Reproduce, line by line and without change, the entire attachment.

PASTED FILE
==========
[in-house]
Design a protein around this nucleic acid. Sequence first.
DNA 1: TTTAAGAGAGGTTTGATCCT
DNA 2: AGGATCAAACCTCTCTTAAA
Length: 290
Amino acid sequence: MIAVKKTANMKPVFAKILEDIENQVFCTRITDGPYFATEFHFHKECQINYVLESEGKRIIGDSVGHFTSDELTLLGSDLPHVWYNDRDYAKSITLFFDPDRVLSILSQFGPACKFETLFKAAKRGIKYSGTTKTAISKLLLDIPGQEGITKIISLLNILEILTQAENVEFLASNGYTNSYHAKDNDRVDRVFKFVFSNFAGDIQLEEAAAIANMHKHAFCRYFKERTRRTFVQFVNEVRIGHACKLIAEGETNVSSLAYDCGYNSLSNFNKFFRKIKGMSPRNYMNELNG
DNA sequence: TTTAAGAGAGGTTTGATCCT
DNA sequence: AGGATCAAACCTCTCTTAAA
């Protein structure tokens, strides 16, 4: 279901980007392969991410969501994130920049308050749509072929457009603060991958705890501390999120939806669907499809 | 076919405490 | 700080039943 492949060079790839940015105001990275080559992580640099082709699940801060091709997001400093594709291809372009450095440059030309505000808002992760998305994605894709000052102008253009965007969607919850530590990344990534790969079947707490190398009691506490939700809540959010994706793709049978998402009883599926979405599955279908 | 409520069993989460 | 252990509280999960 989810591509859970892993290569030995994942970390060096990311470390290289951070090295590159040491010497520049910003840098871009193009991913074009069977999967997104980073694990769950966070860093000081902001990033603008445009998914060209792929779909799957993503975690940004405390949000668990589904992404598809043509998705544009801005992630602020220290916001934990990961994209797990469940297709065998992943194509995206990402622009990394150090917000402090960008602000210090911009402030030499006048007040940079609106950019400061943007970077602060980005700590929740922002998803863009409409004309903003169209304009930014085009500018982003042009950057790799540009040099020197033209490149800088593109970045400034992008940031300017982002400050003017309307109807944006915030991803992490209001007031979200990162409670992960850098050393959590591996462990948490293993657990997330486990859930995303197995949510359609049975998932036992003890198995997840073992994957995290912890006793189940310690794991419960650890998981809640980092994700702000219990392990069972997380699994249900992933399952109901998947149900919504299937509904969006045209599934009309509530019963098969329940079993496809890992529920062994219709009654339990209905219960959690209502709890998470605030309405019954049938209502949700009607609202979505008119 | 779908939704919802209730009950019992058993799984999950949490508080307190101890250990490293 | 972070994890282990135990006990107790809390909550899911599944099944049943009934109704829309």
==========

[in-house]
Design a protein around this nucleic acid. Sequence first.
DNA 1: TTTAAGAGAGGTTTGATCCT
DNA 2: AGGATCAAACCTCTCTTAAA
Length: 290
Amino acid sequence: MIAVKKTANMKPVFAKILEDIENQVFCTRITDGPYFATEFHFHKECQINYVLESEGKRIIGDSVGHFTSDELTLLGSDLPHVWYNDRDYAKSITLFFDPDRVLSILSQFGPACKFETLFKAAKRGIKYSGTTKTAISKLLLDIPGQEGITKIISLLNILEILTQAENVEFLASNGYTNSYHAKDNDRVDRVFKFVFSNFAGDIQLEEAAAIANMHKHAFCRYFKERTRRTFVQFVNEVRIGHACKLIAEGETNVSSLAYDCGYNSLSNFNKFFRKIKGMSPRNYMNELNG
DNA sequence: TTTAAGAGAGGTTTGATCCT
DNA sequence: AGGATCAAACCTCTCTTAAA
């Protein structure tokens, strides 16, 4: 279901980007392969991410969501994130920049308050749509072929457009603060991958705890501390999120939806669907499809 | 076919405490 | 700080039943 492949060079790839940015105001990275080559992580640099082709699940801060091709997001400093594709291809372009450095440059030309505000808002992760998305994605894709000052102008253009965007969607919850530590990344990534790969079947707490190398009691506490939700809540959010994706793709049978998402009883599926979405599955279908 | 409520069993989460 | 252990509280999960 989810591509859970892993290569030995994942970390060096990311470390290289951070090295590159040491010497520049910003840098871009193009991913074009069977999967997104980073694990769950966070860093000081902001990033603008445009998914060209792929779909799957993503975690940004405390949000668990589904992404598809043509998705544009801005992630602020220290916001934990990961994209797990469940297709065998992943194509995206990402622009990394150090917000402090960008602000210090911009402030030499006048007040940079609106950019400061943007970077602060980005700590929740922002998803863009409409004309903003169209304009930014085009500018982003042009950057790799540009040099020197033209490149800088593109970045400034992008940031300017982002400050003017309307109807944006915030991803992490209001007031979200990162409670992960850098050393959590591996462990948490293993657990997330486990859930995303197995949510359609049975998932036992003890198995997840073992994957995290912890006793189940310690794991419960650890998981809640980092994700702000219990392990069972997380699994249900992933399952109901998947149900919504299937509904969006045209599934009309509530019963098969329940079993496809890992529920062994219709009654339990209905219960959690209502709890998470605030309405019954049938209502949700009607609202979505008119 | 779908939704919802209730009950019992058993799984999950949490508080307190101890250990490293 | 972070994890282990135990006990107790809390909550899911599944099944049943009934109704829309």